the number of required iterations. For nested loops to be efficient, it
requires at least one relatively small row set to be used as the outer loop
input that determines the number of iterations. Remember that this does not
necessarily reflect the number of rows in the table but the number of rows that
satisfy the query filters.

The second parameter to consider is the (intentionally)
vague “Find matching rows in red input” part in Flow Chart 1
above. Assuming that we do have a small input for the outer loop, hence a small
number of required iterations, we now must consider how much work is required
to actually find the matching rows in every iteration. ”Find matching rows”
might consist of a highly efficient index seek but it might require a full
table scan if the join columns are not properly indexed; making nested loops a
far less optimal plan. Since it is very common for joins to be performed on one-to-many
relationships, and since the parent node in these relationships is often the
smaller input (the ‘one’ in the ‘one-to-many’), and since this parent node is
always indexed (must be a primary key or a unique constraint), the well known best
practice rule that requires that FK columns should be indexed, now makes
perfect sense, doesn’t it?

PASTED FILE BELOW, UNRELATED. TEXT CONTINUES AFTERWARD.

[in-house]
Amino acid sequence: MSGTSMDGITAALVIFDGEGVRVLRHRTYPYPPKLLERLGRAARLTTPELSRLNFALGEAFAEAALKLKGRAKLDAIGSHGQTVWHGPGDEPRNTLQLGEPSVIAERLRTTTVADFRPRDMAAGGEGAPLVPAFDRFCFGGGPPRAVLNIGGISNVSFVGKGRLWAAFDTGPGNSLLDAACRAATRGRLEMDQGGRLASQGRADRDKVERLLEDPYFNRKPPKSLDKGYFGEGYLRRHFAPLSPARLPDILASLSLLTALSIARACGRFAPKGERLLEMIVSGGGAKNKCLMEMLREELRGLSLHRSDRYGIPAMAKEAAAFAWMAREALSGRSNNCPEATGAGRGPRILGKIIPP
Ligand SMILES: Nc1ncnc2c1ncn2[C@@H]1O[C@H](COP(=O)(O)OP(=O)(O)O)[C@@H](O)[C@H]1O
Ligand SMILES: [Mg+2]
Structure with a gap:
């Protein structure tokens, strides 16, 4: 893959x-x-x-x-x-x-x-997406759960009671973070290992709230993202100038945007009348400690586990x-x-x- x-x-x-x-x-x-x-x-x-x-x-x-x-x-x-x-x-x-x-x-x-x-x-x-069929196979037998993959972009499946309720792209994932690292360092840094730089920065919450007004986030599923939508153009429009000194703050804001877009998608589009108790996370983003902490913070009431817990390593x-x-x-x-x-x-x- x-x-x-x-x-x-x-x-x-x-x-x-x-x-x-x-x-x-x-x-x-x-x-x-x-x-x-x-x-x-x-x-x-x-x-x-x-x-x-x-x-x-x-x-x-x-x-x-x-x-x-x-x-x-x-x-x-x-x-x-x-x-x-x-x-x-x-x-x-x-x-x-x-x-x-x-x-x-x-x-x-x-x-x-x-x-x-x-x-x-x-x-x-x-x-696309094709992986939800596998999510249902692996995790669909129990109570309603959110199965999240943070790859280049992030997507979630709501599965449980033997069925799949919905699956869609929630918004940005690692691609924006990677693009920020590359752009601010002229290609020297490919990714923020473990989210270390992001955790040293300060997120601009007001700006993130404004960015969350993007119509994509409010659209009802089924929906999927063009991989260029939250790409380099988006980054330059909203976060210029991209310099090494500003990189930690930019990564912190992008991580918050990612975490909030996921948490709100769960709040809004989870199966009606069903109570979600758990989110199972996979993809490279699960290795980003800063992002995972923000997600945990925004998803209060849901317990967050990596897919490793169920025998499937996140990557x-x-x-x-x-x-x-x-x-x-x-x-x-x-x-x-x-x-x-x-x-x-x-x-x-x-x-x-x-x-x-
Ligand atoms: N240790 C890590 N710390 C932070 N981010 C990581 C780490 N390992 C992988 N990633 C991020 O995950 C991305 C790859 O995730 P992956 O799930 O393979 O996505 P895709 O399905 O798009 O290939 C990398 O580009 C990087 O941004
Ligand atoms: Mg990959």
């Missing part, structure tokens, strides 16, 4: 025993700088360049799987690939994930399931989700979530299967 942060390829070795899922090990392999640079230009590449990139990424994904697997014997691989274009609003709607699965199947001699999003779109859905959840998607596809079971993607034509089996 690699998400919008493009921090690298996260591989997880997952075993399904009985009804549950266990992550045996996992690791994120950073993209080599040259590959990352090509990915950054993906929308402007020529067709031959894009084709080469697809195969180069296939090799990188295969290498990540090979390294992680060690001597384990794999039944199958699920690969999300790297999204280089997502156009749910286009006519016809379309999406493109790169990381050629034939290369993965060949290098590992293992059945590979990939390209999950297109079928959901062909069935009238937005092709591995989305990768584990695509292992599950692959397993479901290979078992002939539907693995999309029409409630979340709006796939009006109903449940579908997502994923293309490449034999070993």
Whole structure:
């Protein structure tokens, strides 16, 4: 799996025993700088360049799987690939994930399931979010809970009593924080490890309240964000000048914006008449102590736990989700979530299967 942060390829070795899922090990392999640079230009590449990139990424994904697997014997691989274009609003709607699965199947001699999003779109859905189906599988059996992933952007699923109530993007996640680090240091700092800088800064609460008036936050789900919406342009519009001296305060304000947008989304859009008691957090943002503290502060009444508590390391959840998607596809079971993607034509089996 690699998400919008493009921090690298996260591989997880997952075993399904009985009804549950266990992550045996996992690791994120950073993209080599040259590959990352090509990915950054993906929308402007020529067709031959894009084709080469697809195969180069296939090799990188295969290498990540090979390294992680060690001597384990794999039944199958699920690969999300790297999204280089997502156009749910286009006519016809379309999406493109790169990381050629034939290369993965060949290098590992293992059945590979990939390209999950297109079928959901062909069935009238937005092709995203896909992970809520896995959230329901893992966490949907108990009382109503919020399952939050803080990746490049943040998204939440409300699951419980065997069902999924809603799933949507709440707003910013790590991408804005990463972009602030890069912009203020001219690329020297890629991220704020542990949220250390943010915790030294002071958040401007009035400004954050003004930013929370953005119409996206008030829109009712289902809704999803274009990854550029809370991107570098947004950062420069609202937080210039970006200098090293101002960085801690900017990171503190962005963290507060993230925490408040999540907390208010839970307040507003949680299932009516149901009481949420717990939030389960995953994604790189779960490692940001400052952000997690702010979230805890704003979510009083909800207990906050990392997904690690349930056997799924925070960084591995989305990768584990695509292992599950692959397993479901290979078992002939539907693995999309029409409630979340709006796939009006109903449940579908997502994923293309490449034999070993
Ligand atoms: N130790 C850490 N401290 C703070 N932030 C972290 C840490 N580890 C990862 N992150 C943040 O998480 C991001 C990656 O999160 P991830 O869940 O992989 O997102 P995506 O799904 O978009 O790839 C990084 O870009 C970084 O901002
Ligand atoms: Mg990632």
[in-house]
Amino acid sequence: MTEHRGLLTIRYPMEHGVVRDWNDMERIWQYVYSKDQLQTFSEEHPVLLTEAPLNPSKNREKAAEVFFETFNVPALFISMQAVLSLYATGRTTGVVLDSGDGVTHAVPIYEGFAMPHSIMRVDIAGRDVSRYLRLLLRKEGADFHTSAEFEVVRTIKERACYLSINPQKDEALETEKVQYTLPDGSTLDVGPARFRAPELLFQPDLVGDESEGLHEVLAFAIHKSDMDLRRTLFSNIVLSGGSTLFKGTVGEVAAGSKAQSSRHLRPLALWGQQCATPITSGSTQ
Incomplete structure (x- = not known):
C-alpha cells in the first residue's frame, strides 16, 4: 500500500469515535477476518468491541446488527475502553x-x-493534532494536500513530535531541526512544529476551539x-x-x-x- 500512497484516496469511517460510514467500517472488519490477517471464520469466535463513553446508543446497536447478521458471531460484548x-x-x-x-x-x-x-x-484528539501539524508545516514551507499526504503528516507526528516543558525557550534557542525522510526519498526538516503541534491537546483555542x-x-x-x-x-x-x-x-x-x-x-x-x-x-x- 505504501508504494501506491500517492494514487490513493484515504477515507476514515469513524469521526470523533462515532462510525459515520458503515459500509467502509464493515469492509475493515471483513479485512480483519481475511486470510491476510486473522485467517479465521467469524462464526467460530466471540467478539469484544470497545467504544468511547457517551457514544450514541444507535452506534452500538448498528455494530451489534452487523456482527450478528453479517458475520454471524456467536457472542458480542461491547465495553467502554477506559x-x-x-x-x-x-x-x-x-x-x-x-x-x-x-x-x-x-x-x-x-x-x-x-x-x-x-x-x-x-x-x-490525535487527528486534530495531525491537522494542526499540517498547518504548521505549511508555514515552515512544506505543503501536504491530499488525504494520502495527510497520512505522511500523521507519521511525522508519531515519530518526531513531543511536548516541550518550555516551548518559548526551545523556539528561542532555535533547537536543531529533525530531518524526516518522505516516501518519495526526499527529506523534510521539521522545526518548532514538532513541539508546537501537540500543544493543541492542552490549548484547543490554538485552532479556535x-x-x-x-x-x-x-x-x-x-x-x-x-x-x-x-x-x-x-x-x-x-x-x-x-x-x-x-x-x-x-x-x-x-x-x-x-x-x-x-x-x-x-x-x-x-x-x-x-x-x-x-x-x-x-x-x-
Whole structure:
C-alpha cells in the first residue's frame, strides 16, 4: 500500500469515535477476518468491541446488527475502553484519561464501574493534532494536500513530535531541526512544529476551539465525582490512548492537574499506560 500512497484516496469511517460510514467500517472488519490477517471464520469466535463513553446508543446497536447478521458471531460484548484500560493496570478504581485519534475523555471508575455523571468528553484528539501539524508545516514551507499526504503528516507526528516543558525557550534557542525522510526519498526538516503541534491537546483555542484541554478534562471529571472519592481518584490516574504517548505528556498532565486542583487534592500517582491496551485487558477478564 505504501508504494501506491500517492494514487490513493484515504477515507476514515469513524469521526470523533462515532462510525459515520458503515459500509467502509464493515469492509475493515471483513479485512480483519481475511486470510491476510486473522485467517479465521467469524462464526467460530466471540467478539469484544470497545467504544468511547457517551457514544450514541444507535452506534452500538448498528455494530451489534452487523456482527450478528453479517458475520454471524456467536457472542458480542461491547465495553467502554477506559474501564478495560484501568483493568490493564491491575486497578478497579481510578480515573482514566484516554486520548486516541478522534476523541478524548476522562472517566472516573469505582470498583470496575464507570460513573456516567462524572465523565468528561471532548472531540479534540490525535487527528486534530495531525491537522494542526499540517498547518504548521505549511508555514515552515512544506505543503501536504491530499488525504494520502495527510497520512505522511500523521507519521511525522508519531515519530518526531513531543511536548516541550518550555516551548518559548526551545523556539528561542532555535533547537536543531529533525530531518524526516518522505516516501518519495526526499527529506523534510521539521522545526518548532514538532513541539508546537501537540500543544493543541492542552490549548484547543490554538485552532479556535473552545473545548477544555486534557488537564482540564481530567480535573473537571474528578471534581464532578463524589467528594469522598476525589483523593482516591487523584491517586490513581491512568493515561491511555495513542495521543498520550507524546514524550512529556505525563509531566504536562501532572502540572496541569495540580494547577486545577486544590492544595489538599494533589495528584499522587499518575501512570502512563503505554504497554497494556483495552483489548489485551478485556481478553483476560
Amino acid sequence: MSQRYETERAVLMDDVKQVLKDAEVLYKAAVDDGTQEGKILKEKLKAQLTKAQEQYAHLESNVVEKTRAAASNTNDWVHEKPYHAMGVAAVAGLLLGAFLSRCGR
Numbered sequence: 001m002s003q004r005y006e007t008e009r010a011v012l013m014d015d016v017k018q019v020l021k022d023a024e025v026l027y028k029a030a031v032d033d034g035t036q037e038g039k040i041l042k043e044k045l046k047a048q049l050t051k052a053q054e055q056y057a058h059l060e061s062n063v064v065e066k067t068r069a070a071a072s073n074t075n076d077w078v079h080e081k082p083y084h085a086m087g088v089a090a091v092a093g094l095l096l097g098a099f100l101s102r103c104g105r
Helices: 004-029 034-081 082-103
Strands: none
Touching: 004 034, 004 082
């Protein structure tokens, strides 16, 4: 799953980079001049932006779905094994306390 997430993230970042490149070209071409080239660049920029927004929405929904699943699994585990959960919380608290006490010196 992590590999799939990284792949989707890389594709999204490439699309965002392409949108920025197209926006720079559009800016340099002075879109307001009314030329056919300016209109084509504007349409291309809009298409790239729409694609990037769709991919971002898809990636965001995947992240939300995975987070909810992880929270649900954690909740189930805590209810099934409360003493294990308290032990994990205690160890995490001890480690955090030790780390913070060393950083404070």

Let’s see a few examples:

*Note: All the queries used in this article can be found in
the demo code file, plus a few more. I highly
recommend that you play around with the code, change parameters and select list
columns, try to use outer joins and even create some indexes and see how they
affect the query plans. Just remember to drop your indexes before proceeding to
the next query so that the demo plans will remain valid.

Small outer loop with a well indexed inner input

The most obvious case for nested loops is when one input is
very small (is 1 row small enough?) and the other input is ideally indexed for
the join. In Execution Plan 1 you can see that the
optimizer retrieved the single row for product 870 from the Product
table using a PK clustered index seek (needed to retrieve the Product Name)
and all the matching Order IDs were retrieved using the non clustered
index on the Product ID column of the Order Detail table.

Text Box: SELECT		SOD.SalesOrderID,
            P.Name
            FROM		Production.Product AS P
            INNER JOIN
            Sales.SalesOrderDetail AS SOD
            ON P.ProductID = SOD.ProductID
            WHERE		P.ProductID	= 870

 


Query 1

Execution
Plan 1

*Tip: The optimizer was clever enough to duplicate the
filter for Product ID to
both tables although the predicate specifies only the Product table. Since the filter and the join
condition are based on the same column and since the join is an equi-join, the
optimizer knows that when constructing its physical operators, it can add a
second predicate ‘AND SOD.ProductID = 870’ to optimize the data access for the Order Detail table.

Continues…

Pages: 1 2 3